By Karen Malone Wright
I couldn’t find a statistic to tell me how popular online polls really are, but considering that they’re all over the Web, I figure that can’t be by accident. Generally, they don’t discern anything deep and meaningful. Nevertheless, a good number of Net users, including me, enjoy the clicks to vote and then see how our choice ranks with other polltakers. Unfortunately, “Who wore it better?” probably attracts more respondents than anything a Congressperson is doing.
However, poll questions that appear not to matter are still soliciting readers’ opinions. It’s the human urge to share that makes us click in response. Engagement with readers, as often and as long as possible, is what makes us bloggers very happy. And sometimes, even casual questions reveal interesting information.
When an early 2014 poll here asked readers to choose the best and worst of Spring, there was no hidden agenda attached. I wasn’t seeking to learn anything special about my readers. But, I did receive a subtle, unsolicited message. It was hard not to notice that for 2 straight weeks, more people — 40% — thought baby birds are something to celebrate, while baby showers are not.
TheNotMom isn’t Gallup, of course. Less than 50 people took that poll. People who thought there’s nothing bad at all about Spring came in second (33%). But, still. And, frankly, I needed the reminder.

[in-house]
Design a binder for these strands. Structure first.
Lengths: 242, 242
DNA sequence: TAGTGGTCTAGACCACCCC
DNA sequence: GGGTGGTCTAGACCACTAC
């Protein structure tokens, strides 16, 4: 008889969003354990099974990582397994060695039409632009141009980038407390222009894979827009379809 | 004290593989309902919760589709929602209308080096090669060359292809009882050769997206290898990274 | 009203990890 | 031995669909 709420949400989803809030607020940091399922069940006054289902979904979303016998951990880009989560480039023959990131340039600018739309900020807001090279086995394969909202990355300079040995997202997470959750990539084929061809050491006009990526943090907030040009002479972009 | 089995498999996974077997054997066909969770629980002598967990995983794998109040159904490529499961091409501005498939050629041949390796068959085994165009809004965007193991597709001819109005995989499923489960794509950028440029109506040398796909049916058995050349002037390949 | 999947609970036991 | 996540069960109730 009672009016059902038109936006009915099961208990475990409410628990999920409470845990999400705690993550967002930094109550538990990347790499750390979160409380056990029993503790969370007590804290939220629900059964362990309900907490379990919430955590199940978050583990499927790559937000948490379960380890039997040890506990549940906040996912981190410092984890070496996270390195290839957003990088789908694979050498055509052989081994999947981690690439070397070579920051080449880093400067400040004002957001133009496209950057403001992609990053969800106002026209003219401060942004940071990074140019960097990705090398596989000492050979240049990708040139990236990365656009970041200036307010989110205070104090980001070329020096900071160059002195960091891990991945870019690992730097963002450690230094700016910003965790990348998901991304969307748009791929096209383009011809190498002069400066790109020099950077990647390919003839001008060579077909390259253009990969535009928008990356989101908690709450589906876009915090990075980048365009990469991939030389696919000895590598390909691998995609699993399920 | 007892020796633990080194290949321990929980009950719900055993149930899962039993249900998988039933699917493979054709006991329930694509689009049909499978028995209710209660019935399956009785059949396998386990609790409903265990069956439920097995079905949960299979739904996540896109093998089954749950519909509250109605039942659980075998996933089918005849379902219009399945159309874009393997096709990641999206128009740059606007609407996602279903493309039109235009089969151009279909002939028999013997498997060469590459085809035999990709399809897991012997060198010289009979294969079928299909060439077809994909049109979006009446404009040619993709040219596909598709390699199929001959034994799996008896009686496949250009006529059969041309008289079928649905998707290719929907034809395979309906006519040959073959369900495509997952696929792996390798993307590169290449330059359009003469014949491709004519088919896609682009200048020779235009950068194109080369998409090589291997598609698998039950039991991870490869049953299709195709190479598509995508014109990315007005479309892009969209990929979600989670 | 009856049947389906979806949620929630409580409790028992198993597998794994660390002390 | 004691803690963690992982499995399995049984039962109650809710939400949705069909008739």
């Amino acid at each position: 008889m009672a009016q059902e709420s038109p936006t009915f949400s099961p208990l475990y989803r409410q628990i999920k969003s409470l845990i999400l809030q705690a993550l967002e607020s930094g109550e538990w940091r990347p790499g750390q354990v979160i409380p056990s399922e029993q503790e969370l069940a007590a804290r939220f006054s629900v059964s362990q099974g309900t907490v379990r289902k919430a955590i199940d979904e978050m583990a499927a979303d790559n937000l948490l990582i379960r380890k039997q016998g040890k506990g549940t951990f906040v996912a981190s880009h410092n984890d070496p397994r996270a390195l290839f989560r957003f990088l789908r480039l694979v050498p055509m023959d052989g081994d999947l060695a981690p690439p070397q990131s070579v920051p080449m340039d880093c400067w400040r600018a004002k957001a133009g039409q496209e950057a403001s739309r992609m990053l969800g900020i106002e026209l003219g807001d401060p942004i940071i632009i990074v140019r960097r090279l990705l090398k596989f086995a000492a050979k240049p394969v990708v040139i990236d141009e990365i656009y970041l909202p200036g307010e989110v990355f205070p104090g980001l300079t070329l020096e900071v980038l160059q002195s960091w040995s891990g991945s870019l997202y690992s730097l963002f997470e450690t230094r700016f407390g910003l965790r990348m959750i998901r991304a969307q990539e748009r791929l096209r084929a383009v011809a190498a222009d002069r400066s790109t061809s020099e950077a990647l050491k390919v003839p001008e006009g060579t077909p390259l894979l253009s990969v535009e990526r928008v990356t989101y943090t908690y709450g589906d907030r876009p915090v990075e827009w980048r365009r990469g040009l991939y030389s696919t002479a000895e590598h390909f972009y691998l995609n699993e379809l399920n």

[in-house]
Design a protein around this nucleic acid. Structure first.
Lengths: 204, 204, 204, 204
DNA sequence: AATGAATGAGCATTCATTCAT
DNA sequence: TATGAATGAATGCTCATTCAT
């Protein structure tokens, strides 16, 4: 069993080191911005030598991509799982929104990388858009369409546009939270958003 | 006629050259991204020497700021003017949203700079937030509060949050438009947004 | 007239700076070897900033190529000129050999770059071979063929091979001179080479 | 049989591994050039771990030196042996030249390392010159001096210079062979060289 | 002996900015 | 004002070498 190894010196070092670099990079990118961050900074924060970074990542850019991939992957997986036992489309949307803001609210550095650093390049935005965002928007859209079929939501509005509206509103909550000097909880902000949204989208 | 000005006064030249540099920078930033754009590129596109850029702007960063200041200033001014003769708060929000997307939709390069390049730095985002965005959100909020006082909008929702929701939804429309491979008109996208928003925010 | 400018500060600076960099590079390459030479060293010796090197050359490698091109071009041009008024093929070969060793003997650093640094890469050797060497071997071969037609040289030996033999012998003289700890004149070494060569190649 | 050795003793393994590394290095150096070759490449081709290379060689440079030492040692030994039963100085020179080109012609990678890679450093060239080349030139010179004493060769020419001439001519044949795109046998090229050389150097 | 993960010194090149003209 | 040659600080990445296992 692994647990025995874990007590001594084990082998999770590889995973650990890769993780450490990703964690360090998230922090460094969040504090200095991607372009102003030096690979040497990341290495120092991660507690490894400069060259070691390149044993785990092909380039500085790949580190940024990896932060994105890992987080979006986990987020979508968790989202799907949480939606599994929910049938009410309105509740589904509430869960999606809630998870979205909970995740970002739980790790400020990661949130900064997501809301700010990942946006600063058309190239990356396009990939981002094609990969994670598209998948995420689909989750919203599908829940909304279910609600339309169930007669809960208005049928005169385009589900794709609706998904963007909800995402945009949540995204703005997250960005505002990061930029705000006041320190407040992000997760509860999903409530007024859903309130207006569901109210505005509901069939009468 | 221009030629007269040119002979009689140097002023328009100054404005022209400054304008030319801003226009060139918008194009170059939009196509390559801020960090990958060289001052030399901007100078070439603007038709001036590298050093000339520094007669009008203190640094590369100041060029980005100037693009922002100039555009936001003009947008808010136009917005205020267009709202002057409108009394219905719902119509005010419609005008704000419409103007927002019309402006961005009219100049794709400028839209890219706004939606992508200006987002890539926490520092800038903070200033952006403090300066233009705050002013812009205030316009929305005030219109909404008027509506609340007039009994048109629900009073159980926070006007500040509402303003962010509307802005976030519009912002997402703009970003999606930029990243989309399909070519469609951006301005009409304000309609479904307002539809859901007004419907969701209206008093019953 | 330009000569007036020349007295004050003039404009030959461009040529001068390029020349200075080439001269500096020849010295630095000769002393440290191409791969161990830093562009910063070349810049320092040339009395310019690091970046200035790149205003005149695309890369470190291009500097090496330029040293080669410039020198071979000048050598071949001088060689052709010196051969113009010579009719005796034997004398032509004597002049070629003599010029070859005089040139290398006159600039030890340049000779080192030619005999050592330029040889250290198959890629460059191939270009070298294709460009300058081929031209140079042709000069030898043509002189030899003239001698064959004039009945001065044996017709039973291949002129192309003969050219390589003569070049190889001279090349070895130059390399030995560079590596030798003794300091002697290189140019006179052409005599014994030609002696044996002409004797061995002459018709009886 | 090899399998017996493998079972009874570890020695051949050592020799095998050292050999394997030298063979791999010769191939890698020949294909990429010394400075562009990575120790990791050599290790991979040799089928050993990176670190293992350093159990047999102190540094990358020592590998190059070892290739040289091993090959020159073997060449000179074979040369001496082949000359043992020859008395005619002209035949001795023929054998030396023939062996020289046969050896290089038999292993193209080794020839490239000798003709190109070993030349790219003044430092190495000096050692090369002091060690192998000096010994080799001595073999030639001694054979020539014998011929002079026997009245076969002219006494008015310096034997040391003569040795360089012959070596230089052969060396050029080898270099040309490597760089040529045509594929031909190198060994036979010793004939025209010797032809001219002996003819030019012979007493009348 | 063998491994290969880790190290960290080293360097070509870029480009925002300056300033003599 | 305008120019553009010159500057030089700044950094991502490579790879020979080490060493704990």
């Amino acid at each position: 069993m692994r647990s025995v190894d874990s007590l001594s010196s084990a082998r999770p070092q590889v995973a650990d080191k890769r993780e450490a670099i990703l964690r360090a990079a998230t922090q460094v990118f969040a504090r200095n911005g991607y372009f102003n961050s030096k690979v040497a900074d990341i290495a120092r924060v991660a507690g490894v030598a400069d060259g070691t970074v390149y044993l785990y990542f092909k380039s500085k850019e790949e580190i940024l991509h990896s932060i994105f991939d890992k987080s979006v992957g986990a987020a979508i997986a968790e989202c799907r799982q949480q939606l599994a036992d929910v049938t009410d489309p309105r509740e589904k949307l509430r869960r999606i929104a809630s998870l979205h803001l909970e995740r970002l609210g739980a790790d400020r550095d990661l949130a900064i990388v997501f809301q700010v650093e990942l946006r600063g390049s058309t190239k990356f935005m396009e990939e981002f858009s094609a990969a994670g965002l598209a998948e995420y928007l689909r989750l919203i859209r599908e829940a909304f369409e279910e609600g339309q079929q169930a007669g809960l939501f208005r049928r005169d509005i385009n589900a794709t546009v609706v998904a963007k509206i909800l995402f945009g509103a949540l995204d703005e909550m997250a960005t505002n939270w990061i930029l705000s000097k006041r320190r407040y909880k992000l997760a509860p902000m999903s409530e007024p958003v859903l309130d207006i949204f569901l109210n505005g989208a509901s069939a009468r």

I haven’t been to a baby shower in a while, but I’ve been to at least a dozen over the years, all without incident. (Unless, of course, you consider making a woman who passed the Bar exam wear a paper plate hat with ribbons on it.) Warm weather does seem to bring out the invites: September is the month with the most births, so count backwards and the timing makes sense.
For a woman who tried to have children, wanted children, baby showers can be agonizing. That drama begins with the arrival of the invitation. We’re happy for our friend and genuinely happy to be at the event. Even if Streep-quality acting is needed to smile and laugh, and every effort is made to avoid staring at the Mom-to-Be’s belly, it’s nice to be part of the festivities. But often, it’s nicer when it’s over.
Several by-choice NotMoms have told me they dread baby showers, obviously for very individual reasons. Shower guests, especially the Mom-to-Be’s female family members, may see the party as an opportunity to remind a childfree woman that she’ll “regret her choice.” Surely the adorableness of itty-bitty baby clothes will do the trick, no?
Chances are, knowing your situation, the Mom-to-Be may have thought long and hard about what your reaction to the event might be. PlantthePerfectBabyShower.com advises Moms:
“By not inviting [your NotMom friend], it may seem that you are trying to tippy-toe around her and having fun without her. It is best to be on the safe side and invite her. Then the decision is hers to decide if she would like to come or if it would be too hard for her.”
Whether you attend the next baby shower you’re invited to or not, and whether you have a good time or not, there’s one positive thing you can and should do. Warmly thank your pregnant friend for inviting you, and including you as she celebrates this major life change. Her pregnancy is a big change for your friendship, too. And like any marriage, friendships take a little work.
Back to our very un-scientific poll: I’m guessing that in super-sized numbers, the “We love everything about Spring” brigade would win out.